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Covid-19 Pandemic and the Psychology of Conspiracy Theories

Conspiracy Theories Book Cover

Earlier this month, Jovan Byford, Professor of Psychology and History in the Faculty of Arts and Social Sciences, gave the first Open Psychology Research Centre talk for students. The short lecture, which took place on Friday 1 April, was followed by a Q&A session with the audience, moderated by the Centre’s Directors, Professor Paul Stenner and Professor Peter Hegarty.

In the lecture, Jovan reflected on the lessons of the Covid-19 pandemic for the psychology of conspiracy theories. The pandemic and the associated 'infodemic' have provoked unprecedented scholarly and public interest in the phenomenon of conspiracy theories.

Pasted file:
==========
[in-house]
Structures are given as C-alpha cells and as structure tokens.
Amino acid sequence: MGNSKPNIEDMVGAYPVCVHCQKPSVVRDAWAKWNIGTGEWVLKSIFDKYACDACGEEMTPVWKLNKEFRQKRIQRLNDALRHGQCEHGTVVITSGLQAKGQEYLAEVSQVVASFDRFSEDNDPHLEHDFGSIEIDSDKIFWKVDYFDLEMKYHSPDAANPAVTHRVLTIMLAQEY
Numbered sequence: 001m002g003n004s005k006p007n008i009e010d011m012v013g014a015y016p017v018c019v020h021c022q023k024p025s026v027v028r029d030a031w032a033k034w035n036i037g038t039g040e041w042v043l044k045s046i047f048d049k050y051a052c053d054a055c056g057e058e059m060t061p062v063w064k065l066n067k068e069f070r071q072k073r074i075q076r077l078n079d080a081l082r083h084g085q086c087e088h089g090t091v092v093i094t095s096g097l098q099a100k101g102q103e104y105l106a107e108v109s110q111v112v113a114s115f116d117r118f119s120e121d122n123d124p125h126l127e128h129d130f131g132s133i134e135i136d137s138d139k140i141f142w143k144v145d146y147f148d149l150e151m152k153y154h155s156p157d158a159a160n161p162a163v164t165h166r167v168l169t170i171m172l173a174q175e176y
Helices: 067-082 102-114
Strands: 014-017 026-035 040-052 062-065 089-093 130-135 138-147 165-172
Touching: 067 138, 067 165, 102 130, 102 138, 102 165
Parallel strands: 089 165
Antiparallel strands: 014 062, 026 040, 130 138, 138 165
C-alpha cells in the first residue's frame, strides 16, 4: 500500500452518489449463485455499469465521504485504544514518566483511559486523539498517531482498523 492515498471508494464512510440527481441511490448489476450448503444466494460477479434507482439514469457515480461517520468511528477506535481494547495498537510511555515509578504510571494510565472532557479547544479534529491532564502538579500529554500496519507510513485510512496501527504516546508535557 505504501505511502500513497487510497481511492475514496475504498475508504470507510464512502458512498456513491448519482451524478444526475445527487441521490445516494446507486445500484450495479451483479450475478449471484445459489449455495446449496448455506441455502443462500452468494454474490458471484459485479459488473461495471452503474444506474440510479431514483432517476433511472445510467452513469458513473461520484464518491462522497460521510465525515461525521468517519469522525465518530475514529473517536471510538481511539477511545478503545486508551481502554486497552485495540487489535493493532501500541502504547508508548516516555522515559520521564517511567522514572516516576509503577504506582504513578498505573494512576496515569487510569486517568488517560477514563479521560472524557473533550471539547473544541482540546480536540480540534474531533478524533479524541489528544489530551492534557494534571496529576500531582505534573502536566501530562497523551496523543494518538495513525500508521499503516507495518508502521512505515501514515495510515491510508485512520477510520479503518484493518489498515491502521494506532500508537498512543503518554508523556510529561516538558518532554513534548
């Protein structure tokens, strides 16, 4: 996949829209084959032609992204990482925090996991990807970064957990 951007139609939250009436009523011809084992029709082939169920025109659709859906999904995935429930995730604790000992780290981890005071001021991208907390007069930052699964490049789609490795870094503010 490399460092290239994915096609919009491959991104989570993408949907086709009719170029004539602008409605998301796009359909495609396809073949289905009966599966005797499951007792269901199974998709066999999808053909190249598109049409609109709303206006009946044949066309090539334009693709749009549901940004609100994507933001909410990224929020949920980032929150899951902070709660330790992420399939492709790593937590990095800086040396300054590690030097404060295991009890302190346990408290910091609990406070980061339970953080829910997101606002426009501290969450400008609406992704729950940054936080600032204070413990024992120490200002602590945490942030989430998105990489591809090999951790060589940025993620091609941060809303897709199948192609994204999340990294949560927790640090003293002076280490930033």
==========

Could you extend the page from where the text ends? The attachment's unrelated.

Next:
However, the apparent susceptibility of people to conspiracy-based misinformation about the origins and seriousness of Covid-19 or about the vaccines also brought into question some well-established assumptions about the psychology of conspiracy beliefs and how to study it. The lecture considered what we have learnt about conspiracy theories from the pandemic and outlines key theoretical and methodological challenges that insights gained over the last couple of years pose to psychology.

The related blog can also be accessed on WordPress.

The next talk for students will be on Friday 20th May 2022 by Dr Gemma Briggs. 

Photo credit Macmillan

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